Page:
Sunday, January 9, 2011

Last Day Down Under

So I’ve finally caught up to the present day with my blog, but it’s on my last day in Australia.  Last night I took the overnight train from Byron Bay all the way down to Sydney.  Left at 5:17 PM and arrived bright and early at 6:52 AM.  It was nice to walk around the city so early in the day, when everyone was sleeping in on Sunday morning.  After checking into a hostel I headed over to the National Maritime Museum and found some interesting exhibits.

Now that's my kind of boat.

Entry to the museum was free but there was an extra charge to board the floating exhibits.  I couldn’t resist the urge to set foot on the newly built replica of Captain Cook’s vessel the HMS Endeavour so I ponied up the $9 and stepped on board.  It was worth it.

I learned some interesting tidbits of information.  The Endeavour is a pretty small ship—it takes less than 20 men to sail it—but Cook had a crew of over 90 on his first voyage to Australia.  They had to add in an extra deck to house the extra passengers, so the boat was fit more for hobbits than men.  Captain Cook was also one of the first to prevent scurvy on a long ocean voyage by having everyone eat sauerkraut.  He got his crew to eat it by having all the officers get the sole “privilege” at first.  When the crew demanded to be fed sauerkraut too he was more than happy to oblige.

Avast me hearties! It's the bilge-master!

After leaving the museum I walked through downtown Sydney towards Hyde Park.  It’s an impressive park with massive trees throughout.  At the other end I came upon a massive stone building and one of its huge wooden doors was ajar so I decided to check it out.  The building turned out to be St. Mary’s Cathedral.  Had I known I was stumbling into a Cathedral I probably wouldn’t have been impressed, but because it was not what I was expecting (I was looking for the state library) it was a pretty awe-inspiring.  Photography was not allowed so I drew a quick sketch instead.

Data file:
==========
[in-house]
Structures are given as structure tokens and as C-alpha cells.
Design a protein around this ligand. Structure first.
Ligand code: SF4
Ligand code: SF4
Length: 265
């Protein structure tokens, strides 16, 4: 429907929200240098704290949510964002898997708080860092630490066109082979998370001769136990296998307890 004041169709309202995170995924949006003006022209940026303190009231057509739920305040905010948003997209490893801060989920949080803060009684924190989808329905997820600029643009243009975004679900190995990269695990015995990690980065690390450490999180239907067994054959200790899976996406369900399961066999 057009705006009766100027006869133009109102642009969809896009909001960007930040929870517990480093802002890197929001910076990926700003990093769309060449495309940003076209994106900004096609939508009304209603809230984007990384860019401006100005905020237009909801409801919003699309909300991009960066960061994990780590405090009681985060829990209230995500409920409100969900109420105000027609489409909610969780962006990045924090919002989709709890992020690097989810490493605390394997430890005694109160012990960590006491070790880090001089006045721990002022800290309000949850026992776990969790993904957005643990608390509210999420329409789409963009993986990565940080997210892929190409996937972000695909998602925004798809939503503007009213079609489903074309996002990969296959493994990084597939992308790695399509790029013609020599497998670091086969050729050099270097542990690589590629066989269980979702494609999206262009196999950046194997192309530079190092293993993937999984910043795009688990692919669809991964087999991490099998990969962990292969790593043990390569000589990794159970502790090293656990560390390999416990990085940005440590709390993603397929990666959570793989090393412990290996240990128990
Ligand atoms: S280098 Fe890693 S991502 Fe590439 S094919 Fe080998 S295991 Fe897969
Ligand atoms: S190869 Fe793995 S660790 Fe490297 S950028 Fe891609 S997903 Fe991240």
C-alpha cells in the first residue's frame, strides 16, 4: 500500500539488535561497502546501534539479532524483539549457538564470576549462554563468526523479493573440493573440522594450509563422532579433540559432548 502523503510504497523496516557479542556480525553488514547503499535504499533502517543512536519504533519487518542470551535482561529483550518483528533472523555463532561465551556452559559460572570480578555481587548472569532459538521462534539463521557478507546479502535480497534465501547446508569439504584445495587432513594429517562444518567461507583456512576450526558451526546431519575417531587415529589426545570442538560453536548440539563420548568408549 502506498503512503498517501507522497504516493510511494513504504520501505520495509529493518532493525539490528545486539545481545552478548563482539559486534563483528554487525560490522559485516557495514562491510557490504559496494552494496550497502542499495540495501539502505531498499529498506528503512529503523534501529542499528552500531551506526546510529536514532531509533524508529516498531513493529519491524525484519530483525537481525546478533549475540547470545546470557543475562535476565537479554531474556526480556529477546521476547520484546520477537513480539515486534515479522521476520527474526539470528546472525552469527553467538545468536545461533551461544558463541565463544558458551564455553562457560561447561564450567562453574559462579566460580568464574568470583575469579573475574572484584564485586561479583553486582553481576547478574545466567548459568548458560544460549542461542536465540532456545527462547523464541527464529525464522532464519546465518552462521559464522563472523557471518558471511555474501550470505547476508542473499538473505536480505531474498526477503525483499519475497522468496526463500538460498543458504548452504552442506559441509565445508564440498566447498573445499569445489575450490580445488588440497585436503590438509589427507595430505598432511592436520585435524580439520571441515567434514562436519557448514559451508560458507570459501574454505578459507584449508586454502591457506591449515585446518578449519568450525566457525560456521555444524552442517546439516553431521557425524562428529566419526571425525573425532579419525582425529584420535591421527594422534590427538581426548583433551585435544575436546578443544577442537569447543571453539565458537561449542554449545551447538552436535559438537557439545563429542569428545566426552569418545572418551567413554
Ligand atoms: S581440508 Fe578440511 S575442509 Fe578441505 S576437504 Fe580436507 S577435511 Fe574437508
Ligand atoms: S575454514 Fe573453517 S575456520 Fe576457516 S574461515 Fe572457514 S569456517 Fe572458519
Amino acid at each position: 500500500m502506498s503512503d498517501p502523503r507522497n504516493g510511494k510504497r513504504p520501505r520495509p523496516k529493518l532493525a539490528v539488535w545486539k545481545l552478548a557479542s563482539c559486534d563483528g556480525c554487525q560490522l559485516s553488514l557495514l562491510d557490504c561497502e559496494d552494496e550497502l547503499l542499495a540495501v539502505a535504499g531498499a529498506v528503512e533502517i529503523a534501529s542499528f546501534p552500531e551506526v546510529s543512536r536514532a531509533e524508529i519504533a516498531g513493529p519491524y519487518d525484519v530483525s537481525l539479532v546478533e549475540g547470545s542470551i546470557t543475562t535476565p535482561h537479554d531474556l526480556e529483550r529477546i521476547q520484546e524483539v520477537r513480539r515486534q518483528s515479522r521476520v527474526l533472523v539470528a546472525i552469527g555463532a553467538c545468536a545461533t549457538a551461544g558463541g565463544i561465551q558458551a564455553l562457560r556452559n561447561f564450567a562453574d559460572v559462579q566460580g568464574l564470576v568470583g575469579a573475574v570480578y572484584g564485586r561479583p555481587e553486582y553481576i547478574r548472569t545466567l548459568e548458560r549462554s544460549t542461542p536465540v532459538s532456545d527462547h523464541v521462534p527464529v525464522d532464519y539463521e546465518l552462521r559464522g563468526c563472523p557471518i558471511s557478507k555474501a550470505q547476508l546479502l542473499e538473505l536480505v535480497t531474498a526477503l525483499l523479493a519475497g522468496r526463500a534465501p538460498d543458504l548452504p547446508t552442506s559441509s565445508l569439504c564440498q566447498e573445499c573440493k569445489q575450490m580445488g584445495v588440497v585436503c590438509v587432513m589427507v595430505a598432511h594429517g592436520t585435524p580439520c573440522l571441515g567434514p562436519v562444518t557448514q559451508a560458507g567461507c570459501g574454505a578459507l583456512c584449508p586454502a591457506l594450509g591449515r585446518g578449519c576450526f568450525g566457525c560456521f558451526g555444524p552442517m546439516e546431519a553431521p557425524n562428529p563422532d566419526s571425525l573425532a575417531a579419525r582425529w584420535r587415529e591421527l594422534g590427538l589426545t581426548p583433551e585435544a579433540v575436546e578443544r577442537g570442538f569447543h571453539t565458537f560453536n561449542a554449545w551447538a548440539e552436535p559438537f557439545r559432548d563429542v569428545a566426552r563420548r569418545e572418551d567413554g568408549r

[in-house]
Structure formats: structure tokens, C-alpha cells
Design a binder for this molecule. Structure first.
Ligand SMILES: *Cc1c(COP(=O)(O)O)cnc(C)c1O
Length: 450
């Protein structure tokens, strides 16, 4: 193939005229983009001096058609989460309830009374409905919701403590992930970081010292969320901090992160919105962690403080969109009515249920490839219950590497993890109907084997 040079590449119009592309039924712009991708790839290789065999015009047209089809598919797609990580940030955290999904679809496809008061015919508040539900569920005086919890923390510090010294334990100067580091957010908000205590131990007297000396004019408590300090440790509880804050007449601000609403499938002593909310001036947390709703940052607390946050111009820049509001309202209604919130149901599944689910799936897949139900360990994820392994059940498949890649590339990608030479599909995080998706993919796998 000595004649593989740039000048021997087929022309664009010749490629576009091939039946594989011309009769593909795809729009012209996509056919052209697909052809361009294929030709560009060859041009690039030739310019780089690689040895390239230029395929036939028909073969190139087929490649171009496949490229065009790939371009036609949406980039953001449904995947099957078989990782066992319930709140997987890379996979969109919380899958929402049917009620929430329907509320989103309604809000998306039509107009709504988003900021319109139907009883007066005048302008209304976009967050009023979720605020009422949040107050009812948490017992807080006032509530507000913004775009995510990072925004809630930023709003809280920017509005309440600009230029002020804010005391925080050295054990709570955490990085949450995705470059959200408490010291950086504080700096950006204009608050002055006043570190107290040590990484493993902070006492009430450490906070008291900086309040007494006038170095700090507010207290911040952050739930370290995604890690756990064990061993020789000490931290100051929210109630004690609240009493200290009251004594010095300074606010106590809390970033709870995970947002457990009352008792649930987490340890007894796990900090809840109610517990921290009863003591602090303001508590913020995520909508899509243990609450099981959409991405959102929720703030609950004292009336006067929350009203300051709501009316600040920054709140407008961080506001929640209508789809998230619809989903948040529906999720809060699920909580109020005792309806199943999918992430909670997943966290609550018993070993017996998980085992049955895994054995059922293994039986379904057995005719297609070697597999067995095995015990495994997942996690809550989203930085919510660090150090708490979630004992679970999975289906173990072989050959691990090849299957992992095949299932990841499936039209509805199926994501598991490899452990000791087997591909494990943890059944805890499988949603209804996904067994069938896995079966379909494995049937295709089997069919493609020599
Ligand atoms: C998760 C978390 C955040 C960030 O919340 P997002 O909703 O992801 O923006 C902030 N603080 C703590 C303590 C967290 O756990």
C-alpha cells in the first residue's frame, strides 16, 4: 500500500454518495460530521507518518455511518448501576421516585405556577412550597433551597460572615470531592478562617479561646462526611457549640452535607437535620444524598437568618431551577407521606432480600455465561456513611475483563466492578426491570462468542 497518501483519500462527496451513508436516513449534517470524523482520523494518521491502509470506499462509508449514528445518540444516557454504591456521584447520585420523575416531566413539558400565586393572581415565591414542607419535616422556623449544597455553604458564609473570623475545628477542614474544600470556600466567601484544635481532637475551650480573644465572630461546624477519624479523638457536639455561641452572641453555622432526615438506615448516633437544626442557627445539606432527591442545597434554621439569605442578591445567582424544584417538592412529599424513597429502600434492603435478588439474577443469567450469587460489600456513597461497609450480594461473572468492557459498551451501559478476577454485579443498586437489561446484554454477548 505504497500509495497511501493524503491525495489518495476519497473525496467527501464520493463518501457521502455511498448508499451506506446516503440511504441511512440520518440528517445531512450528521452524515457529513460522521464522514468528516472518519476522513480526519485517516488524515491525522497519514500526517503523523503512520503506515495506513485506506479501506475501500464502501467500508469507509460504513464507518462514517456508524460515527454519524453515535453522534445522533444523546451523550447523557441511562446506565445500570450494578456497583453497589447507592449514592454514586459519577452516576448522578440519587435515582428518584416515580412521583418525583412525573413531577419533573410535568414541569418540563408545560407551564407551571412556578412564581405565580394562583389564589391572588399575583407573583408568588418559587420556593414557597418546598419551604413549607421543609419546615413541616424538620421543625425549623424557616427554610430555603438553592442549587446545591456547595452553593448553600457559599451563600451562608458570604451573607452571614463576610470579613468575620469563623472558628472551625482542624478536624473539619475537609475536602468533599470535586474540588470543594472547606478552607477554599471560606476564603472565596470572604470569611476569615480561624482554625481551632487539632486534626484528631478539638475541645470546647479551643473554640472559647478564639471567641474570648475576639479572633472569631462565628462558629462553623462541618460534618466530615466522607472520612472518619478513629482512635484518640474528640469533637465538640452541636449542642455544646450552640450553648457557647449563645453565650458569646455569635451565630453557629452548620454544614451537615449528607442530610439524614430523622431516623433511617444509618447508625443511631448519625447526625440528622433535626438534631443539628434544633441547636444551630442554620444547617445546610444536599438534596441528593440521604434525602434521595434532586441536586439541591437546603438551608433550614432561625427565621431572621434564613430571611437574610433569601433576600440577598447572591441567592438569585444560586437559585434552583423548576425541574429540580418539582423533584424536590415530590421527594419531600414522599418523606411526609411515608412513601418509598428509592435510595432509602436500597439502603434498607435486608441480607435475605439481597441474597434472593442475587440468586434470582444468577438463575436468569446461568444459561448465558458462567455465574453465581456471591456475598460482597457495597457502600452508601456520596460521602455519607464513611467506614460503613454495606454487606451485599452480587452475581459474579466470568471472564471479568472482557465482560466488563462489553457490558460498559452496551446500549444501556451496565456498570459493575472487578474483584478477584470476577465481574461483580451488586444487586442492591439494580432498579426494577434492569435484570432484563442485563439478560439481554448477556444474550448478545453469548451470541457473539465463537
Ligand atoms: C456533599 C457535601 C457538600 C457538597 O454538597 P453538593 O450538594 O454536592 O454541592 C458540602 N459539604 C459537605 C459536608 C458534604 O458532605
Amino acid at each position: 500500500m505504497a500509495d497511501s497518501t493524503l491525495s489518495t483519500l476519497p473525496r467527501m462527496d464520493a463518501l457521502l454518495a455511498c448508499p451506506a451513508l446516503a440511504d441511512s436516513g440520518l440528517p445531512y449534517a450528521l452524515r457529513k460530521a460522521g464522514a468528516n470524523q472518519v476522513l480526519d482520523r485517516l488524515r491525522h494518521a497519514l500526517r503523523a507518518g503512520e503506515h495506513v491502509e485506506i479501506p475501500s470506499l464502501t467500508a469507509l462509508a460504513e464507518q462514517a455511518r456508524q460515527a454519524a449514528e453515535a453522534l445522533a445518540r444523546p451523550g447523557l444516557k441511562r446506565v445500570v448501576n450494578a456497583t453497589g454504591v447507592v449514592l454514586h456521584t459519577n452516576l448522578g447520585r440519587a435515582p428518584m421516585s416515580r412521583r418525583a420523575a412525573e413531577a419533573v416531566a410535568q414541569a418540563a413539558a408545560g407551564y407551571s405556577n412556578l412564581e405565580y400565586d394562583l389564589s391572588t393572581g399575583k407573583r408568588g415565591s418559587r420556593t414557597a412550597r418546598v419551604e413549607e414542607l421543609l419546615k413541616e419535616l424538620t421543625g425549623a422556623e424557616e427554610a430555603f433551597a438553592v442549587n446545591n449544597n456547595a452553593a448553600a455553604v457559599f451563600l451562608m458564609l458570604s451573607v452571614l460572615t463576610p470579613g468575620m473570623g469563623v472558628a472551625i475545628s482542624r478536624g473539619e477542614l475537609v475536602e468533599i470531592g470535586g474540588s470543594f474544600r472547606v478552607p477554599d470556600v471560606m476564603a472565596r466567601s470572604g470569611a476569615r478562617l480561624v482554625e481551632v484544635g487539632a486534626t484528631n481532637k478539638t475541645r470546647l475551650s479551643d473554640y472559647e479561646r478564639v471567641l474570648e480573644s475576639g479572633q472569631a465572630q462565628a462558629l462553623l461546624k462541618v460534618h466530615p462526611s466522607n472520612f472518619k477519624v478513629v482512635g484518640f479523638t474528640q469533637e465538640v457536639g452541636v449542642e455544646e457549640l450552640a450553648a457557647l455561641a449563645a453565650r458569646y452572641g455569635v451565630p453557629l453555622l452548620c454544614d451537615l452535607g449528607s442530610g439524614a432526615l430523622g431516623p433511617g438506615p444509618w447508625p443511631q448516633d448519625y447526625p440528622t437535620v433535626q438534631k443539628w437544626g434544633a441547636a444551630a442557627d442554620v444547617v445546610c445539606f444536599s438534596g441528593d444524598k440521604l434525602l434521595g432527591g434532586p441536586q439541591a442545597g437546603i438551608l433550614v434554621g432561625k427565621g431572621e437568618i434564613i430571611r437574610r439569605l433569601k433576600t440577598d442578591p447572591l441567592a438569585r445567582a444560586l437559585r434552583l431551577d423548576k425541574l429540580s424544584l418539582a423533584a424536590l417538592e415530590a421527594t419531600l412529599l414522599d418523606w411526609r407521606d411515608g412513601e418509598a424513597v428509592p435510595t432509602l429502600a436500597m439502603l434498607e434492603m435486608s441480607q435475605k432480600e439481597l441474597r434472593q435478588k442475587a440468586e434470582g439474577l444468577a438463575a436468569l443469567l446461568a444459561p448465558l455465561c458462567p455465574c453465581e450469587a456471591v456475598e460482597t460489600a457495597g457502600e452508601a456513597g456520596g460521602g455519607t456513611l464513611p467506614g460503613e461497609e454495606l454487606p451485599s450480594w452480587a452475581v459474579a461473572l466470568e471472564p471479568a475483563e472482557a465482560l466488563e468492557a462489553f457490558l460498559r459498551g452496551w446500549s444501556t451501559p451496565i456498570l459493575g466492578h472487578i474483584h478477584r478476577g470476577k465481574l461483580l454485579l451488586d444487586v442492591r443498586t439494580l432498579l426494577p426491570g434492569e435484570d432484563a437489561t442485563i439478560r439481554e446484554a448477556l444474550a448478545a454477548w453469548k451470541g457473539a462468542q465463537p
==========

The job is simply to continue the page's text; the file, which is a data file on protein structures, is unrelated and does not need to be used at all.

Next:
A little messy, but you get the idea.

I eventually made it to the State Library of New South Wales, where I sit now.  Might stay here for some time; public wireless and air conditioning is a great combination.  Tomorrow around noon I bid farewell to Australia and fly out of Sydney International Airport, just about six months from my arrival.  It’s been a while and I am certainly ready to get back to the States.

Thursday, January 6, 2011

More Tales of Wwoofing

My three weeks as a wwoofer have been very eventful.  For one there were the holidays in the middle, which were pretty strange for me.  I am used to a white Christmas in cold New England, and a traditional Polish Wigilia Christmas Eve dinner with my family.  We start after the first star comes out, put hay under the tablecloth, break off pieces of the Christmas wafer and wish each other good fortune, and pass around the traditional herring dish that only mom eats.

This year the French guys and I grilled up some juicy steaks.  With shorts on no less, because it was warm (probably high 70s) and raining outside.  The steaks came out real well, though, after Julien and I whipped up a quick marinade with what we could find in the cupboard (soy sauce, olive oil, lots of chopped garlic, salt and pepper, dried basil, lemon juice, and Dijon mustard).  And earlier in the evening Pierre and I rolled up a ton of sushi for our Christmas dinner, after a quick lesson from Catherine (she went to her brother’s for dinner).

Our Christmas feast of... Sushi!

Christmas morning we spent with the neighbors and had a little Secret Santa gift exchange.  That was nice, but it still felt weird to spend Christmas a world away from my home.  In the evening the French guys and I drove their van to a little party at the coastal house of one of Catherine’s mates.  It had rained all day so on the way back we encountered some water over the road.  We strayed a little too close to the edge of the road and in the deeper water the van stalled out.  Pierre and I jumped out and had to push the van out the rest of the way out of the water.  Then we waited 15 minutes before “Herbie” would start again.  A strange end to Christmas day.